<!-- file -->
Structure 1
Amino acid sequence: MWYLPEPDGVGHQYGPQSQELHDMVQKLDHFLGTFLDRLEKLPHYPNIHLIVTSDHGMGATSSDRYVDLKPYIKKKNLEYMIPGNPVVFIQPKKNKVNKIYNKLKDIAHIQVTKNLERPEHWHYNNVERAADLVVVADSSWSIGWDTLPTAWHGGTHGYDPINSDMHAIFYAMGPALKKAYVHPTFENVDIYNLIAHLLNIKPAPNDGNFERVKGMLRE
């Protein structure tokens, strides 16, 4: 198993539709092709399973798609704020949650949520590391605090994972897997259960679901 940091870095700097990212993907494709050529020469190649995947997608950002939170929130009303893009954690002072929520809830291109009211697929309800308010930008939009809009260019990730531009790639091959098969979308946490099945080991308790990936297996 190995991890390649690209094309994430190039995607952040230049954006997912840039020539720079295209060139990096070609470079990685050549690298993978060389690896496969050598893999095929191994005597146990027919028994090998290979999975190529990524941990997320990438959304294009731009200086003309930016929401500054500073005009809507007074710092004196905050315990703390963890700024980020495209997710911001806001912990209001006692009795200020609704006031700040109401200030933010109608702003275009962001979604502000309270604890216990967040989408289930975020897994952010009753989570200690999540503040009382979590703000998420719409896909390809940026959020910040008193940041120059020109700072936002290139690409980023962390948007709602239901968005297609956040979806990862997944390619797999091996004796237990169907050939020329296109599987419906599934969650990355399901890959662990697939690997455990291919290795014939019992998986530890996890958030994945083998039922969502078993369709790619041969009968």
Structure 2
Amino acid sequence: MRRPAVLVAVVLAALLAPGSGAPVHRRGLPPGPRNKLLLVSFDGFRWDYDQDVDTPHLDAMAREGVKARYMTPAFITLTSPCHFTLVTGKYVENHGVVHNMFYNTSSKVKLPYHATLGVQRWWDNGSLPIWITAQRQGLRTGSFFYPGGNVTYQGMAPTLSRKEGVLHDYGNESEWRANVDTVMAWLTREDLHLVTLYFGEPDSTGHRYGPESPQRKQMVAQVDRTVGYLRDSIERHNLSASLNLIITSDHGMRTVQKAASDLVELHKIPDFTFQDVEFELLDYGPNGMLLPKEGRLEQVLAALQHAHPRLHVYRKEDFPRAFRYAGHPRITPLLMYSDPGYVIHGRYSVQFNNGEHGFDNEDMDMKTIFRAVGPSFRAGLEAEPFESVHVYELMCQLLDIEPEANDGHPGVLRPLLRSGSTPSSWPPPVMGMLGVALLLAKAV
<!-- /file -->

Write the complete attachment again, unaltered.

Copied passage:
Structure 1
Amino acid sequence: MWYLPEPDGVGHQYGPQSQELHDMVQKLDHFLGTFLDRLEKLPHYPNIHLIVTSDHGMGATSSDRYVDLKPYIKKKNLEYMIPGNPVVFIQPKKNKVNKIYNKLKDIAHIQVTKNLERPEHWHYNNVERAADLVVVADSSWSIGWDTLPTAWHGGTHGYDPINSDMHAIFYAMGPALKKAYVHPTFENVDIYNLIAHLLNIKPAPNDGNFERVKGMLRE
């Protein structure tokens, strides 16, 4: 198993539709092709399973798609704020949650949520590391605090994972897997259960679901 940091870095700097990212993907494709050529020469190649995947997608950002939170929130009303893009954690002072929520809830291109009211697929309800308010930008939009809009260019990730531009790639091959098969979308946490099945080991308790990936297996 190995991890390649690209094309994430190039995607952040230049954006997912840039020539720079295209060139990096070609470079990685050549690298993978060389690896496969050598893999095929191994005597146990027919028994090998290979999975190529990524941990997320990438959304294009731009200086003309930016929401500054500073005009809507007074710092004196905050315990703390963890700024980020495209997710911001806001912990209001006692009795200020609704006031700040109401200030933010109608702003275009962001979604502000309270604890216990967040989408289930975020897994952010009753989570200690999540503040009382979590703000998420719409896909390809940026959020910040008193940041120059020109700072936002290139690409980023962390948007709602239901968005297609956040979806990862997944390619797999091996004796237990169907050939020329296109599987419906599934969650990355399901890959662990697939690997455990291919290795014939019992998986530890996890958030994945083998039922969502078993369709790619041969009968």
Structure 2
Amino acid sequence: MRRPAVLVAVVLAALLAPGSGAPVHRRGLPPGPRNKLLLVSFDGFRWDYDQDVDTPHLDAMAREGVKARYMTPAFITLTSPCHFTLVTGKYVENHGVVHNMFYNTSSKVKLPYHATLGVQRWWDNGSLPIWITAQRQGLRTGSFFYPGGNVTYQGMAPTLSRKEGVLHDYGNESEWRANVDTVMAWLTREDLHLVTLYFGEPDSTGHRYGPESPQRKQMVAQVDRTVGYLRDSIERHNLSASLNLIITSDHGMRTVQKAASDLVELHKIPDFTFQDVEFELLDYGPNGMLLPKEGRLEQVLAALQHAHPRLHVYRKEDFPRAFRYAGHPRITPLLMYSDPGYVIHGRYSVQFNNGEHGFDNEDMDMKTIFRAVGPSFRAGLEAEPFESVHVYELMCQLLDIEPEANDGHPGVLRPLLRSGSTPSSWPPPVMGMLGVALLLAKAV